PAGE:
Departement News

Quantum sensors decipher magnetic ordering in a new semiconducting material

For the first time, physicists have successfully imaged spiral magnetic ordering in a multiferroic material. These materials are considered highly promising candidates for future data storage media. The researchers were able to prove their findings using unique quantum sensors that were developed at Basel University and that can analyze electromagnetic fields on the nanometer scale. The results – obtained by scientists from the University of Basel’s Department of Physics, the Swiss Nanoscience Institute, the University of Montpellier and several laboratories from University Paris-Saclay – were recently published in the journal Nature.

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Using mirrors to improve the quality of light particles

Scientists from the University of Basel’s Department of Physics and the Swiss Nanoscience Institute have succeeded in dramatically improving the quality of individual photons generated by a quantum system. The scientists have successfully put a 10-year-old theoretical prediction into practice. With their paper, published recently in Physical Review X, they have taken an important step towards future applications in quantum information technology.

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High-speed quantum memory for photons

Physicists from the University of Basel have developed a memory that can store photons. These

quantum particles travel at the speed of light and are thus suitable for high-speed data transfer.

The researchers were able to store them in an atomic vapor and read them out again later without

altering their quantum mechanical properties too much. This memory technology is simple and

fast and it could find application in a future quantum Internet. The journal Physical Review Letters

has published the results.

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Jelena Klinovaja and Ilaria Zardo receive prestigious EU grants

The European Research Council (ERC) has awarded both professors Jelena Klinovaja and Ilaria Zardo from the Department of Physics at the University of Basel an ERC Starting Grant. The two physicists will receive up to 1.5 million Euros over the course of the next five years for their ambitious research projects.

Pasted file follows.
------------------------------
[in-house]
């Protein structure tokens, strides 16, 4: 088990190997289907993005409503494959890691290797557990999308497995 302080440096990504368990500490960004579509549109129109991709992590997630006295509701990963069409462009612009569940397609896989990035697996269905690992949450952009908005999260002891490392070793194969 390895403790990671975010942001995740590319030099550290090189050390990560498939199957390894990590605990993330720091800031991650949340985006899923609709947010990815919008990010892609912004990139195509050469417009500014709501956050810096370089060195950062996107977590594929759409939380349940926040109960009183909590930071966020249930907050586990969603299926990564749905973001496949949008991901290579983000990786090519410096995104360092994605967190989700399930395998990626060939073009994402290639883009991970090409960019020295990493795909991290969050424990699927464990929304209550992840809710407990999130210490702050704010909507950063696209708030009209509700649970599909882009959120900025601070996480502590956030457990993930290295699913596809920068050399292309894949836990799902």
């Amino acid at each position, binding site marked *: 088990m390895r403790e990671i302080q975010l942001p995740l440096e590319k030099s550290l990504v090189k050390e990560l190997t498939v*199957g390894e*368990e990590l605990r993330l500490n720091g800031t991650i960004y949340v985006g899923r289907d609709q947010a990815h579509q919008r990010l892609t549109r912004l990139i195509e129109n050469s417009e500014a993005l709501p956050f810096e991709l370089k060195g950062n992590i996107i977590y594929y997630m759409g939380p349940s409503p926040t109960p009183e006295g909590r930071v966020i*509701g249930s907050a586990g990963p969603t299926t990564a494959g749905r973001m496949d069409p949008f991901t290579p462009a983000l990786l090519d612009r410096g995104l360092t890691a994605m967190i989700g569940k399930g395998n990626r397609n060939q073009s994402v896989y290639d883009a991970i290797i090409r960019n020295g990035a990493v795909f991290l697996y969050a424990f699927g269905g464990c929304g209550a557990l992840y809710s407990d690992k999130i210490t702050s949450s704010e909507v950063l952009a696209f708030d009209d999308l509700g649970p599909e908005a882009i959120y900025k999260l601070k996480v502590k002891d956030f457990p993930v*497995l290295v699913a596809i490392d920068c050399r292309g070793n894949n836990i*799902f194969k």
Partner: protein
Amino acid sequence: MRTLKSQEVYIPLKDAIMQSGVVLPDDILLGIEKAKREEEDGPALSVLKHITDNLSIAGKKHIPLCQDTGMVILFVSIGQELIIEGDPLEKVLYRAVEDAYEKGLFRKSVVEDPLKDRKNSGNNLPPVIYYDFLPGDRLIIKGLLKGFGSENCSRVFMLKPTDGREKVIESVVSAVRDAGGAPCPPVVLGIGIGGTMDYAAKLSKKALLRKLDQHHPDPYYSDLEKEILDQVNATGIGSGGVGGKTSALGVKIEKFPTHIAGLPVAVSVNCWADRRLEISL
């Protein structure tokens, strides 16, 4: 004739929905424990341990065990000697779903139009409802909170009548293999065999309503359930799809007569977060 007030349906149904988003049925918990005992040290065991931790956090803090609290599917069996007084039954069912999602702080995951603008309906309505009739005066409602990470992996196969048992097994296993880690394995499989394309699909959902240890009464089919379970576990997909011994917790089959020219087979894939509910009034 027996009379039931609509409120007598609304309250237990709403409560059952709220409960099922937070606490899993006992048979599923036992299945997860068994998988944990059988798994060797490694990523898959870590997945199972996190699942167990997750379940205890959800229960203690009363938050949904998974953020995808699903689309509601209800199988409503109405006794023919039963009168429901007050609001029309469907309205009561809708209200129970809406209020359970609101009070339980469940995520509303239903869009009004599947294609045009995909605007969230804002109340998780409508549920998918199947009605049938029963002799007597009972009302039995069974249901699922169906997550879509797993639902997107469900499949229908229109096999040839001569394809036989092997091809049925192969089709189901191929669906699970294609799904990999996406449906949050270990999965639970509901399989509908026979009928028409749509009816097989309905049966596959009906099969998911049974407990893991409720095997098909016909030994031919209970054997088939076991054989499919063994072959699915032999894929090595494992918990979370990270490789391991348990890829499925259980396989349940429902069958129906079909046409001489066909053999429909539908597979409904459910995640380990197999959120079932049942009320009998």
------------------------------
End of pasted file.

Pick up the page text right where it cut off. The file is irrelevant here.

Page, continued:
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Manipulating electron spins without loss of information

Physicists have developed a new technique that uses electrical voltages to control the electron spin on a chip. The newly-developed method provides protection from spin decay, meaning that the contained information can be maintained and transmitted over comparatively large distances, as has been demonstrated by a team from the University of Basel’s Department of Physics and the Swiss Nanoscience Institute. The results have been published in Physical Review X.

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Coupling a nano-trumpet with a quantum dot enables precise position determination

Scientists from the Swiss Nanoscience Institute and the University of Basel have succeeded in coupling an extremely small quantum dot with 1,000 times larger trumpet-shaped nanowire. The movement of the nanowire can be detected with a sensitivity of 100 femtometers via the wavelength of the light emitted by the quantum dot. Conversely, the oscillation of the nanowire can be influenced by excitation of the quantum dot with a laser. Nature Communications published the results.

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Winner of the golden chalk, the golden correction pen & the golden scale 2017!

Winner of the golden chalk, the golden correction pen & the golden scale 2017!

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Great financial support for new center of excellence in quantum physics

Die Georg H. Endress Stiftung unterstützt das Projekt «Quantum Science and Quantum Computing» der Universität Basel und der Albert-Ludwigs-Universität Freiburg mit bis zu zehn Millionen Franken über zehn Jahre. Das neue Exzellenz-Zentrum unter dem Dach von Eucor – The European Campus stärkt die Vorreiterrolle der beiden Universitäten im Bereich der Quantenphysik.

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New method of characterizing Graphene

Scientists have developed a new method of characterizing graphene’s properties without applying disruptive electrical contacts, allowing them to investigate both the resistance and quantum capacitance of graphene and other two-dimensional materials. Researchers from the Swiss Nanoscience Institute and the University of Basel’s Department of Physics reported their findings in the journal Physical Review Applied.

 

 

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